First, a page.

Fifty Years of the Deutsche Mark: Central Bank and the Currency in Germany since 1948 by Deutsche Bundesbank

Fifty Years of the Deutsche Mark: Central Bank and the Currency in Germany since 1948

EditorDeutsche Bundesbank

Hardcover | January 28, 1999

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This book provides detailed independent analyses of the successes and limitations of one of the most successful economic relationships in recent history: the Deutsche Mark and the Deutsche Bundesbank. With European economic and monetary union approaching, the lessons to be learnt from theGerman experience are now more important than ever. The Deutsche Mark has been one of the most stable currencies in the world for decades. The combination of a sound monetary structure and an anti-inflationary monetary policy have been the bedrock for unprecedented German economic success. This success, however, has not been unlimited or withoutrisk. Fifty Years of the Deutsche Mark will give future European montary policy-makers the invaluable benefit of the German experience. The book combines chronological articles with others which follow the developments of a specific issue over the entire 50-year period. Issues covered include the central bank constitution, the central bank's relationship with fiscal policy-makers and with other banks, the role of the Bundesbank inEuropean monetary integration, and the international significance of the Deutsche Mark. Individual accounts of the key monetary policy events in 1948 and 1990 as well as general articles on the `message' of German monetary policy and on academic deabte over German monetary policy round the book off. Sixteen eminent independent scholars were asked by the Bundesbank to contribute to this volume, and given full access to the Bank's records. The resulting articles provide comprehensive analysis of the successes and limitations of Europe's most powerful central bank. On June 20th, 1998, theDeutsche Mark will be 50 years old: this book will ensure that its legacy lives on.

About The Author

The Deutsche Bundesbank (German for German Federal Bank) is the central bank of the Federal Republic of Germany and as such part of the European System of Central Banks (ESCB).

Details & Specs

Title:Fifty Years of the Deutsche Mark: Central Bank and the Currency in Germany since 1948Format:HardcoverDimensions:862 pages, 9.21 × 6.14 × 2.17 inPublished:January 28, 1999Publisher:Oxford University PressLanguage:English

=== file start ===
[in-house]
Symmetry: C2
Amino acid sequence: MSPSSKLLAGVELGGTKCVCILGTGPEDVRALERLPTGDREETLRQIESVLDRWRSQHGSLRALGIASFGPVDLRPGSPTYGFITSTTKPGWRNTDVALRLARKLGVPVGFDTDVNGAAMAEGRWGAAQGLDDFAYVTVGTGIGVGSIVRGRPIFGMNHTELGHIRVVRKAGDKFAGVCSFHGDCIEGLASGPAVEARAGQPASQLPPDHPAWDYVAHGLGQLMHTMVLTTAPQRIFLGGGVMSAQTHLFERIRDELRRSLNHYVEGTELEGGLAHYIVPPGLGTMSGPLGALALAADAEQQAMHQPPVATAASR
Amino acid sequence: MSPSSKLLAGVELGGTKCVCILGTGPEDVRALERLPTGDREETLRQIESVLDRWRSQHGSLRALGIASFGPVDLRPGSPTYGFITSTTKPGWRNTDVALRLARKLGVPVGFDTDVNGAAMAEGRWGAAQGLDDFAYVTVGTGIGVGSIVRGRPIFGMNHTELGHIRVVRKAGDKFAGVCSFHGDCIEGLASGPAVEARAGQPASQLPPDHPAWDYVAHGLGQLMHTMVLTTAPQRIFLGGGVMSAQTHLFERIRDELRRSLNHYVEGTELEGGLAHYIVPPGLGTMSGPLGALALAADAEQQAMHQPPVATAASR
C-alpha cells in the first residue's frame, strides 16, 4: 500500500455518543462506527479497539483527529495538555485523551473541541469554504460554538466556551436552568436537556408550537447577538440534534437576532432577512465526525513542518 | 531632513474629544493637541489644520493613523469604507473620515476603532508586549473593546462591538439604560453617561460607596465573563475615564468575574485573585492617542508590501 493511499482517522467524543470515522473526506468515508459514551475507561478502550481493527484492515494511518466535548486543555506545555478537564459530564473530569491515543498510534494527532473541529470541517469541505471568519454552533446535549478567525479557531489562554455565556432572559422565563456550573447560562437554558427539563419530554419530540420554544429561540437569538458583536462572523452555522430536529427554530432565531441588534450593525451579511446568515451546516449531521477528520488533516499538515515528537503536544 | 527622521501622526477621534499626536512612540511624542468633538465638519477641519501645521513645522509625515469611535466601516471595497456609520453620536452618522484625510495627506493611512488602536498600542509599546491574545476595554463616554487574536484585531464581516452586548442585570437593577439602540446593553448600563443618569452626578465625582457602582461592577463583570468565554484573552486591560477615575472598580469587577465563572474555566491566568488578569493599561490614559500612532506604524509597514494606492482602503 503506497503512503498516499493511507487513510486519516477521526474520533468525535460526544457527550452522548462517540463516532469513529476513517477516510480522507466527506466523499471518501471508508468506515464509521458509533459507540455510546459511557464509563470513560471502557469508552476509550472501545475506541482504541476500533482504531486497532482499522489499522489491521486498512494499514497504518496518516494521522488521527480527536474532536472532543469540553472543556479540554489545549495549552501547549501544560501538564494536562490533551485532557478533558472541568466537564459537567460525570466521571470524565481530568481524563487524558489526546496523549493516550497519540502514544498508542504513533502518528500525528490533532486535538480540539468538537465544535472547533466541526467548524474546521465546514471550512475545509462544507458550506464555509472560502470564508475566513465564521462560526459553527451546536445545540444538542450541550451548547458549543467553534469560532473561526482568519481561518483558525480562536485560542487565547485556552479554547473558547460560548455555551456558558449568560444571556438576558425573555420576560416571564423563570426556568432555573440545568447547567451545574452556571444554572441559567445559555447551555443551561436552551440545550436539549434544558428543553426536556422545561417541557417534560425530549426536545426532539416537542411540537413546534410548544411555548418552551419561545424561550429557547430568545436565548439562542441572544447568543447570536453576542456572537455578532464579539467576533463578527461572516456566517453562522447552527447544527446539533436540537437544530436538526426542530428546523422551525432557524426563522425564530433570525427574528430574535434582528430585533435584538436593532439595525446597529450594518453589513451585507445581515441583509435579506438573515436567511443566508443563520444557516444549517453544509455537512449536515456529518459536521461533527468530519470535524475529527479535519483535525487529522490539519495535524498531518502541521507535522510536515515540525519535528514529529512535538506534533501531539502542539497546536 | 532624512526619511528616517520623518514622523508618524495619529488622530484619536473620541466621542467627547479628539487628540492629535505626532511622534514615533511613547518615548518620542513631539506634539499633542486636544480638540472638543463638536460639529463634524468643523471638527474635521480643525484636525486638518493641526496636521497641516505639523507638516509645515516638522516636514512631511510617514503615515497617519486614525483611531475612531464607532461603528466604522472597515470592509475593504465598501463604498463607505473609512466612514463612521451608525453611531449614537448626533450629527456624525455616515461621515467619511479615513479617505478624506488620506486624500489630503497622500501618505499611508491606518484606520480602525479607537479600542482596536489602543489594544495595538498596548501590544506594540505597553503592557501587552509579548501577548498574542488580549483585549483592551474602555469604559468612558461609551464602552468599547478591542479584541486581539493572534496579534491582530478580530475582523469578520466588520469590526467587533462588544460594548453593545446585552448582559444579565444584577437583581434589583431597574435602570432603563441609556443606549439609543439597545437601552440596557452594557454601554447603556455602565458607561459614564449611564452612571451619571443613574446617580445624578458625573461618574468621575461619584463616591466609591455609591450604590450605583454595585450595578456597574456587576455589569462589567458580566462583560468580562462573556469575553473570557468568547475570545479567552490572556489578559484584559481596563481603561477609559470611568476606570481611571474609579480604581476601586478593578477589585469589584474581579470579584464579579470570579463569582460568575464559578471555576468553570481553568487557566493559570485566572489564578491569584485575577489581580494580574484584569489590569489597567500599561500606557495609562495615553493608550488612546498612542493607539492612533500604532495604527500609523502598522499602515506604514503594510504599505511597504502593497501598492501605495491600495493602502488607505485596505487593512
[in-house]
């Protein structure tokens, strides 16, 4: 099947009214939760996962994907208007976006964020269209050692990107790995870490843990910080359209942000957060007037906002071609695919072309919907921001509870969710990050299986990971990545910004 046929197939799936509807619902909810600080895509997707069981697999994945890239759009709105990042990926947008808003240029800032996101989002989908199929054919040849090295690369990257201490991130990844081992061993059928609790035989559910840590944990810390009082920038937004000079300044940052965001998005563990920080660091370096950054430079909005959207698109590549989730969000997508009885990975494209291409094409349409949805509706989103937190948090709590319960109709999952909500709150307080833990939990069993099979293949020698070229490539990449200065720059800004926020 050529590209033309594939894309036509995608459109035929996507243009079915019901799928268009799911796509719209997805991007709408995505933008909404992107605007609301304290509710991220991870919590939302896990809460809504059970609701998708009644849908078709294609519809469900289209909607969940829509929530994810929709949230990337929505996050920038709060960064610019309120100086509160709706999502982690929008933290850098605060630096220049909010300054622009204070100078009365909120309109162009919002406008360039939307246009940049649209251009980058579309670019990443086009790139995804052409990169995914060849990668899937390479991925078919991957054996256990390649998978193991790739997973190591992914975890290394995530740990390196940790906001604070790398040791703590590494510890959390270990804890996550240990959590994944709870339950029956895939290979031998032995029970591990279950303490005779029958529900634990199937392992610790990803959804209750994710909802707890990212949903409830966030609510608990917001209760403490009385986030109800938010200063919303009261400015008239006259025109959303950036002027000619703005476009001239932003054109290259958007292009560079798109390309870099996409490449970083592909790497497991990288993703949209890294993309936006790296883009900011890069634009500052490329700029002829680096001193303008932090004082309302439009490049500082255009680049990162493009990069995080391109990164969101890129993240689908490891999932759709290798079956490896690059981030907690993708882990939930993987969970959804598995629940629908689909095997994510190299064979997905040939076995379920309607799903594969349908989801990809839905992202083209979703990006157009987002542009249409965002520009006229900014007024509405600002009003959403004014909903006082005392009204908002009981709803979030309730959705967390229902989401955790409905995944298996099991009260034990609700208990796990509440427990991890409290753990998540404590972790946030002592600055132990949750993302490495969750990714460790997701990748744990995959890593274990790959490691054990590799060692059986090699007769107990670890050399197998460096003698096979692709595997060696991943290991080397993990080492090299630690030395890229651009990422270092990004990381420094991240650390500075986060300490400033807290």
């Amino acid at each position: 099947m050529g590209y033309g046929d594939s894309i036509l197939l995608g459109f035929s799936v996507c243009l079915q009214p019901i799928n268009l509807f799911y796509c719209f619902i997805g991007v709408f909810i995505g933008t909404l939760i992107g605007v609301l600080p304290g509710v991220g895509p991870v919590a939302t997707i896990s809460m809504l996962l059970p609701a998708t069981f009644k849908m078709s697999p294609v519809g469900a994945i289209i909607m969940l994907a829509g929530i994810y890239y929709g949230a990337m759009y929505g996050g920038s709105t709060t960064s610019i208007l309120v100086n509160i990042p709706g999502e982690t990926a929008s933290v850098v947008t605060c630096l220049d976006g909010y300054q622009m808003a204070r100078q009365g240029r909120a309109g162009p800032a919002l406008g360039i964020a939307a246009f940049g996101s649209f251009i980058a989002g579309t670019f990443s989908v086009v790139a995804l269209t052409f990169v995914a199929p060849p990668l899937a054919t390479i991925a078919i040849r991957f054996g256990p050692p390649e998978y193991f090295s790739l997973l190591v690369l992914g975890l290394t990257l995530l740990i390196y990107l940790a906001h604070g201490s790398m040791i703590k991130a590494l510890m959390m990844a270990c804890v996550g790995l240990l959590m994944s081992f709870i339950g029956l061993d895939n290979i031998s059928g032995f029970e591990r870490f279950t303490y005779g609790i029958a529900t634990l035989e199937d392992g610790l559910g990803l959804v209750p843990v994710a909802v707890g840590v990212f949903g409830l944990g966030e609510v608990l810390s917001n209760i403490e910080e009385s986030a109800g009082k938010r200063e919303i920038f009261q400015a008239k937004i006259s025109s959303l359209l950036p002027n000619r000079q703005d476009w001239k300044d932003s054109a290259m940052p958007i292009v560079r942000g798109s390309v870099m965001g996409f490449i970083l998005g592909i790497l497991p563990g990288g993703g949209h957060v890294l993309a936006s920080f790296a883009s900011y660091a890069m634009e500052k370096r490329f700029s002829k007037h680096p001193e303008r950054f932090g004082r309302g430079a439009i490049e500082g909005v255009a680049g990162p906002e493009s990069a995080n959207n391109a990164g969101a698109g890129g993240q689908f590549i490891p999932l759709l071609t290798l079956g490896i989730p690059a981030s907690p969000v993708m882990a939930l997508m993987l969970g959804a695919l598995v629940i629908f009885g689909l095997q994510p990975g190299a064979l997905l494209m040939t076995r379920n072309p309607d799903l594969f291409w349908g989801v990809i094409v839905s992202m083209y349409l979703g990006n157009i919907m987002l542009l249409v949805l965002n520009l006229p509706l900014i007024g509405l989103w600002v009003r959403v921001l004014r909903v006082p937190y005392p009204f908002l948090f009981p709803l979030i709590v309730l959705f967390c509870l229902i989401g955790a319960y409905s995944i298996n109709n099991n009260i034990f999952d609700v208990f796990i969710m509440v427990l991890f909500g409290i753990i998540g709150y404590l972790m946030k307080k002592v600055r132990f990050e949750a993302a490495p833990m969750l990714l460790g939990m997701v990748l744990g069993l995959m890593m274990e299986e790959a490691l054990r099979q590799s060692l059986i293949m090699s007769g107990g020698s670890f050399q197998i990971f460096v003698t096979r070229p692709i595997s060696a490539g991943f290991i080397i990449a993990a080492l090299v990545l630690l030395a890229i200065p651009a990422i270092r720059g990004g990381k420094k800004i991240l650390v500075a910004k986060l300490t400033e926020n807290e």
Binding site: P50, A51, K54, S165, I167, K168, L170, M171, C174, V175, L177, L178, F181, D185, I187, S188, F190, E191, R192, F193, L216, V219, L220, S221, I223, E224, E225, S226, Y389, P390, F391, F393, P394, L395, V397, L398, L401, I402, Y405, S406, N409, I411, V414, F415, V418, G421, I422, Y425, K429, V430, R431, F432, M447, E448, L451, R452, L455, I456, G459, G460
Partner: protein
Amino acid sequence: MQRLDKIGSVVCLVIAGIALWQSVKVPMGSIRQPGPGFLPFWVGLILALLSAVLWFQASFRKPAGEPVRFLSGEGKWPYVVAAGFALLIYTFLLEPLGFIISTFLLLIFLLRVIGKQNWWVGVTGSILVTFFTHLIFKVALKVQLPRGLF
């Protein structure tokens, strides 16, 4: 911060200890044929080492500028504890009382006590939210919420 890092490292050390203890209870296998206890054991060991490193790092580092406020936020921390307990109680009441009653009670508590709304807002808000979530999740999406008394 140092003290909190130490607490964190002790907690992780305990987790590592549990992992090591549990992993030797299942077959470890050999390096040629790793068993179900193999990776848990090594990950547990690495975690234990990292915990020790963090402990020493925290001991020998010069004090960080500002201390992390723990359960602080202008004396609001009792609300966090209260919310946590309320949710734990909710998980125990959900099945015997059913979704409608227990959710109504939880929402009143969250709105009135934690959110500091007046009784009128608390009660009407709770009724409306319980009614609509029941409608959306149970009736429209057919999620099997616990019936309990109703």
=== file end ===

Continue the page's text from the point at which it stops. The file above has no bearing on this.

The following ISBNs are associated with this title:

ISBN - 10:0198292546

ISBN - 13:9780198292548

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Table of Contents

Hans Tietmeyer: PrefaceOtmar Issing: ForewordPart I: Legacy and Fresh Start1. Harold James: The Reichsbank, 1876-19452. Christoph Buchheim: The Establishment of the Bank deutscher Lander and the West German Currency ReformPart II: The Central Bank in the Constitutional and Financial Set-up of the Federal Republic of Germany3. Klaus Stern: The Note-issuing Bank within the State Structure4. Wolfgang Kitterer: Public Finance and the Central Bank5. Gunter Franke: The Bundesbank and the MarketsPart III: Monetary Policy in the Federal Republic of Germany6. Manfred J. M. Neumann: Monetary Stability: Threat and Proven Response7. Carl-Ludwig Holtfrerich: Monetary Policy under Fixed Exchange Rates (1948-70)8. Jurgen von Hagen: A New Approach to Monetary Policy (1971-8)9. Ernst Baltensperger: Monetary Policy under Conditions of Increasing Integration (1979-96)10. Rudolf Richter: German Monetary Policy: The Academic DebatePart IV: Aspects of Monetary Policy in the Two Germanys11. H. Jorg Thieme: The Central Bank and Money in the GDR12. Jochen Plassman: The Role of the Bundesbank in Intra-German Payments13. Manfred E. Streit: German Monetary UnionPart V: The International Scene14. Jacob A. Frenkel and Morris Goldstein: The international Role of the Deutsche Mark15. Peter Bernholz: The Bundesbank and the Process of European Monetary Integration

Editorial Reviews

It contains an excellent collection of representative papers covering a wide spectrum of real options from both theoretical and practical viewpoints. I recommend it to anyone who wants to learn more about a relatively new and very exciting branch of financial engineering. - Alexander Lipton,Vice President, Deutsche Bank, Professor, University of Illinois